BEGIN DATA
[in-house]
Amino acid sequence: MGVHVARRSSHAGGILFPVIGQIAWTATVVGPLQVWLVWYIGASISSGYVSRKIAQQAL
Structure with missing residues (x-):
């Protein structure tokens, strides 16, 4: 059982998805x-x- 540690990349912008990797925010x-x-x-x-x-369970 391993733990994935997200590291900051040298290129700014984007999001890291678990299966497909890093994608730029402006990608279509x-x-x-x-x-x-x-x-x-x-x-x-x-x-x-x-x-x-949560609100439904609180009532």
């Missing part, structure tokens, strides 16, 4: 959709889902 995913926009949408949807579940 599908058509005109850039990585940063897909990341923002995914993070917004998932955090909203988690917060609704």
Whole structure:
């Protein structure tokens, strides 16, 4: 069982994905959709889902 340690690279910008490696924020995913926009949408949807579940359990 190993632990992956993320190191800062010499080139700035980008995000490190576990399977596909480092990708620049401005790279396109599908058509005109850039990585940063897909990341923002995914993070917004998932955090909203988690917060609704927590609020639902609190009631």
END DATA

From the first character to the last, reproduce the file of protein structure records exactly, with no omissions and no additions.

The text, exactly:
[in-house]
Amino acid sequence: MGVHVARRSSHAGGILFPVIGQIAWTATVVGPLQVWLVWYIGASISSGYVSRKIAQQAL
Structure with missing residues (x-):
């Protein structure tokens, strides 16, 4: 059982998805x-x- 540690990349912008990797925010x-x-x-x-x-369970 391993733990994935997200590291900051040298290129700014984007999001890291678990299966497909890093994608730029402006990608279509x-x-x-x-x-x-x-x-x-x-x-x-x-x-x-x-x-x-949560609100439904609180009532």
């Missing part, structure tokens, strides 16, 4: 959709889902 995913926009949408949807579940 599908058509005109850039990585940063897909990341923002995914993070917004998932955090909203988690917060609704």
Whole structure:
């Protein structure tokens, strides 16, 4: 069982994905959709889902 340690690279910008490696924020995913926009949408949807579940359990 190993632990992956993320190191800062010499080139700035980008995000490190576990399977596909480092990708620049401005790279396109599908058509005109850039990585940063897909990341923002995914993070917004998932955090909203988690917060609704927590609020639902609190009631």